Thanks to a partnership with the Ohio Third Frontier Fund, Dyesol Inc.’s (OTCBB:DYSOY) new DyeTec Solar facility in Toledo, Ohio, will soon start producing prototypes of what it calls the third generation of solar technology, dye-sensitized solar cells (DSC).
The solar cells are being developed for applications including glass-based building-integrated photovoltaics (BIPV), building-applied photovoltaics (BAPV) and automotive-integrated photovoltaic (AIPV) products.
“Our objective is to turn buildings from being just buildings and becoming power plants,” said Dyesol CEO Mark Thomas.
The technologies Dyesol is developing can be applied to surfaces. So the metal siding of a building or its windows could be coated with DSCs and effectively become a power source for the building.
“Our technology offers a very strong advantage over other technologies as it doesn’t need direct sunlight,” he said.
Dyesol’s DSC technology consists of an electrolyte, a layer of titania (a pigment used in white paints and tooth paste) and ruthenium dye. The technology can basically be printed onto a surface, like metal or glass, Thomas said.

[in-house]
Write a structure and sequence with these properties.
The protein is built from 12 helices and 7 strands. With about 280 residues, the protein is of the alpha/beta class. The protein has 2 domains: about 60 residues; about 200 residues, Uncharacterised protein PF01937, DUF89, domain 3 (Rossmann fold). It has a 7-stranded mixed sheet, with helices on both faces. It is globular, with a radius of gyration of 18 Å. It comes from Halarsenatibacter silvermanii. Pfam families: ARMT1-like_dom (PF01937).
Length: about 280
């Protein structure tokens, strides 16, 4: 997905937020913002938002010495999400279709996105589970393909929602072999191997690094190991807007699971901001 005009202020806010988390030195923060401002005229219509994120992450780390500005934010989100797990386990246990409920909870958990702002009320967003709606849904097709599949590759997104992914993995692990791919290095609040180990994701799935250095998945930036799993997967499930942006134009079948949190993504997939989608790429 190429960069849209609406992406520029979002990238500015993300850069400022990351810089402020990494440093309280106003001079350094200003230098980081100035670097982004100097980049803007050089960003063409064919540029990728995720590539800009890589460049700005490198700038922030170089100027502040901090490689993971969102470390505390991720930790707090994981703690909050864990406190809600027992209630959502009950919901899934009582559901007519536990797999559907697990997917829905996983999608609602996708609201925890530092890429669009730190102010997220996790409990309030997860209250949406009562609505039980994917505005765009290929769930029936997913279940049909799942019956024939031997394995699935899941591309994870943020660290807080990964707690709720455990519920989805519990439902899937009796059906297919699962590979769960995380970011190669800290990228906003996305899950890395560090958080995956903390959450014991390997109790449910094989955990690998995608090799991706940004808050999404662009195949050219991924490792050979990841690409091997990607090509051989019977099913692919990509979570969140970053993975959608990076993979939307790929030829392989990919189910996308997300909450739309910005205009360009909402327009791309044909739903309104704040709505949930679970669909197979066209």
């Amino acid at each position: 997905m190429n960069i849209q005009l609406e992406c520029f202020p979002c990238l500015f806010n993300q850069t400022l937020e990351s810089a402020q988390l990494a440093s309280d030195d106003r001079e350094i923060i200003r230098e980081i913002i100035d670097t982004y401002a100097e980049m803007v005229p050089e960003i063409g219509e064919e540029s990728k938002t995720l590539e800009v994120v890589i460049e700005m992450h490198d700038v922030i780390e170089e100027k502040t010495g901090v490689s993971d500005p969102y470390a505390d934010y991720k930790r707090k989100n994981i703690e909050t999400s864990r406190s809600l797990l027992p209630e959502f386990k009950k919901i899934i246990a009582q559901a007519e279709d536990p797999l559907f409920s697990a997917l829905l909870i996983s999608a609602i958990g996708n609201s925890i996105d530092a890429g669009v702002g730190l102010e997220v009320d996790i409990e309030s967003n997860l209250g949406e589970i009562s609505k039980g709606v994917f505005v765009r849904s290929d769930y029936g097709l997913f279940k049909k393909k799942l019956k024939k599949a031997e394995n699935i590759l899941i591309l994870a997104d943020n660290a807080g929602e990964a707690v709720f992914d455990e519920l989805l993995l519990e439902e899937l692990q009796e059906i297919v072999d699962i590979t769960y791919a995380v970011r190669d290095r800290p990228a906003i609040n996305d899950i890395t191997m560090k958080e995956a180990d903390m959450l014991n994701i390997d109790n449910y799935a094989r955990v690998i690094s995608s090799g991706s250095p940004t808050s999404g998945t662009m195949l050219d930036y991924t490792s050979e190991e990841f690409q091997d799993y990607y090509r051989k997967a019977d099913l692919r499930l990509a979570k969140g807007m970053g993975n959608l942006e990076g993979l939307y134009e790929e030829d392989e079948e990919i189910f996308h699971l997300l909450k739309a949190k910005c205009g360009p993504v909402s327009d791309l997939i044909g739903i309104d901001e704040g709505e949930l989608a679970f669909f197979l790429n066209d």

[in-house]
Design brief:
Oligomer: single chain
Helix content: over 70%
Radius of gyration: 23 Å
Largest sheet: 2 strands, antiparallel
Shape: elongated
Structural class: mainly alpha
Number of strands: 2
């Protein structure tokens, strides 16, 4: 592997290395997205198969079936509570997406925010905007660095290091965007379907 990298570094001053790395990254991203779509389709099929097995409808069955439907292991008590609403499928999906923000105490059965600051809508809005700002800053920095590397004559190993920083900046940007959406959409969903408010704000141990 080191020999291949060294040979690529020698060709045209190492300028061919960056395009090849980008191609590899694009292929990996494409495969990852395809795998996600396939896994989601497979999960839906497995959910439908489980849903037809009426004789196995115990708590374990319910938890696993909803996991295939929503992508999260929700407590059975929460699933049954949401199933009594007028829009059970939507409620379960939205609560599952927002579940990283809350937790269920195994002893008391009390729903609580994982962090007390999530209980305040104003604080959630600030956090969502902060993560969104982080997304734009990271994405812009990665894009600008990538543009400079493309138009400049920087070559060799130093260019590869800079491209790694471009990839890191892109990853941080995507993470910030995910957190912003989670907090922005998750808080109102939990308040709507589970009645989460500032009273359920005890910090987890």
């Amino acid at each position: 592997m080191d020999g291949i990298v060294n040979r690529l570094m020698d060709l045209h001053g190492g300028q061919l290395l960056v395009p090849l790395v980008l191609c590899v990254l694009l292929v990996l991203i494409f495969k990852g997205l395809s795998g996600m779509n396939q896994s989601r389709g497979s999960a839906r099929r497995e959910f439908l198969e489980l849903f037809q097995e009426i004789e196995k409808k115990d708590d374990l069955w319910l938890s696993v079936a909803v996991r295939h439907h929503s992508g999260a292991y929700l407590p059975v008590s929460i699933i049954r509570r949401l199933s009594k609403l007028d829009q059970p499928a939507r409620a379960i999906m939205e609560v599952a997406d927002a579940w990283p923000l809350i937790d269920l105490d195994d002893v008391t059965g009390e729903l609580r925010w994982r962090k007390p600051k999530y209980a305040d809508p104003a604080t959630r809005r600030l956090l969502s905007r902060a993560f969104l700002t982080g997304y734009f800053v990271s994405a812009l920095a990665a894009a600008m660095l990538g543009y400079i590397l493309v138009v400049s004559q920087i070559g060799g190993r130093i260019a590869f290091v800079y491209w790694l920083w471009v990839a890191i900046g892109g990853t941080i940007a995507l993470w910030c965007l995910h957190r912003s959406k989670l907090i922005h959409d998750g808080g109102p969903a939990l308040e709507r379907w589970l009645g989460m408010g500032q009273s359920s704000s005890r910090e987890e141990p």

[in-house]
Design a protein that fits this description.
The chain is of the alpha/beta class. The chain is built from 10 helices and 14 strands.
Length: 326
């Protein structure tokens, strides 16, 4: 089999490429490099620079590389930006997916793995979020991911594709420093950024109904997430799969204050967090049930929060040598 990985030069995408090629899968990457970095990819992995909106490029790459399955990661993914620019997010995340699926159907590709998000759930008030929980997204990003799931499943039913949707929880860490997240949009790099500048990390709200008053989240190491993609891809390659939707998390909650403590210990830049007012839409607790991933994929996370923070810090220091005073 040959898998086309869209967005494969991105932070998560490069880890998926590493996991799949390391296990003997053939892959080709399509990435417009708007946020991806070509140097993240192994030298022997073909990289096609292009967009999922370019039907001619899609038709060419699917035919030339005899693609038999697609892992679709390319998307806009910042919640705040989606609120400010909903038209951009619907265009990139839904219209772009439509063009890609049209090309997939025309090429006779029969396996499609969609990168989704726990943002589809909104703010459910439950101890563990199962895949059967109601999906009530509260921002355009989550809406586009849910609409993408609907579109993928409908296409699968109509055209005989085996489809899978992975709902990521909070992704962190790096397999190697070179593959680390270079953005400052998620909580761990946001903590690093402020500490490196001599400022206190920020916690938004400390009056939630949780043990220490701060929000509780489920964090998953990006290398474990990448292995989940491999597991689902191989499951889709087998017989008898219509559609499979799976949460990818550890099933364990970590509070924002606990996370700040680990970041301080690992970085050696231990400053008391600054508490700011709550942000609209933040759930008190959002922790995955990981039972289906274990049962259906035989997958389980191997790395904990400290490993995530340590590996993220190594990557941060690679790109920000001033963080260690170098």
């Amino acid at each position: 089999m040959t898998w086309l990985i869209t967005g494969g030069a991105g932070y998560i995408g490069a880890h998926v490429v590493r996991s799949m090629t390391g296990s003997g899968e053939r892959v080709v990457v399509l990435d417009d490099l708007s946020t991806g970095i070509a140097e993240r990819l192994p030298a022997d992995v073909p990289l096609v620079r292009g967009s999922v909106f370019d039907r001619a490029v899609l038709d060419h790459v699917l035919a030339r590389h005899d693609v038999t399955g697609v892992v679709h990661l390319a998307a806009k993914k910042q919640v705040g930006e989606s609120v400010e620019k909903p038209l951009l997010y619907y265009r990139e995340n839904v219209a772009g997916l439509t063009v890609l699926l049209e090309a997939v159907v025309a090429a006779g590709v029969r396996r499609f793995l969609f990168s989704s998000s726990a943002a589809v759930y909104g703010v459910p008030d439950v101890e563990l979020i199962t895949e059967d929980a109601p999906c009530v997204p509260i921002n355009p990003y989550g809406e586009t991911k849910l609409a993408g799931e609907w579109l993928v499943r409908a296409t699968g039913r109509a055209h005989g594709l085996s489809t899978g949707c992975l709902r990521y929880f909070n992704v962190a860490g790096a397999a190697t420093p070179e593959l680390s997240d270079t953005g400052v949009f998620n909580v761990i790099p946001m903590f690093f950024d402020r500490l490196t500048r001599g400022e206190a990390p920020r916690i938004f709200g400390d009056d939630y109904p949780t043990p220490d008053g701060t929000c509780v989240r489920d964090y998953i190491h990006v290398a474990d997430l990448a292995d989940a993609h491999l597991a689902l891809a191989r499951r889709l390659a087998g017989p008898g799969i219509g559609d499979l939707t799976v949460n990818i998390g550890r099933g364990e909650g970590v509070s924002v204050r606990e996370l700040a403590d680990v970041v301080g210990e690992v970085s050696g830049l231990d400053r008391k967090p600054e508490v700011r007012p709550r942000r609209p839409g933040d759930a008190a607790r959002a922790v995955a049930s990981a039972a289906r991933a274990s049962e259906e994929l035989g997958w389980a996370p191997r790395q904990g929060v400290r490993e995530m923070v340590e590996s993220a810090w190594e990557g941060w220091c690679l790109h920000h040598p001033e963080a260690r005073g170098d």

When light strikes the dye, it excites electrons, which are absorbed by the titania where they’re converted to an electric current. Since the solar device is literally printed onto a surface, it’s less expensive to manufacture than silicon photovoltaics.
Dyesol is positioning itself as a manufacturer of DCS technologies that will allow downstream customers to build their own photovoltaic glasses and metals, according to Thomas.
“Our primary involvement with the joint venture is a materials supplier,” he said.
As such, Dyesol provided the DyeTec Solar facility with the fabrication equipment.
“The equipment will be used to develop prototype DSC-based BIPV glass products and related equipment sets, laying the foundation for future high volume manufacturing capability of glass-based BIPV.” Dyesol said in a press release.
The site could also make AIPV glass prototypes. Such devices could be used to charge vehicle batteries or power fans or air conditioning for vehicles, according to Thomas. It could be incorporated into windshields and other glass in a vehicle, he said.
BIPV or BAPV products with Dyesol technology could be on the market as soon as 2013, according to Thomas.
“With the metal products, we’re beyond the research and development phase,” he said. “We’re in the ramp up phase.”
Glass-based products won’t likely make a commercial appearance until 2014 or 2015.
Image courtesy of Dyesol.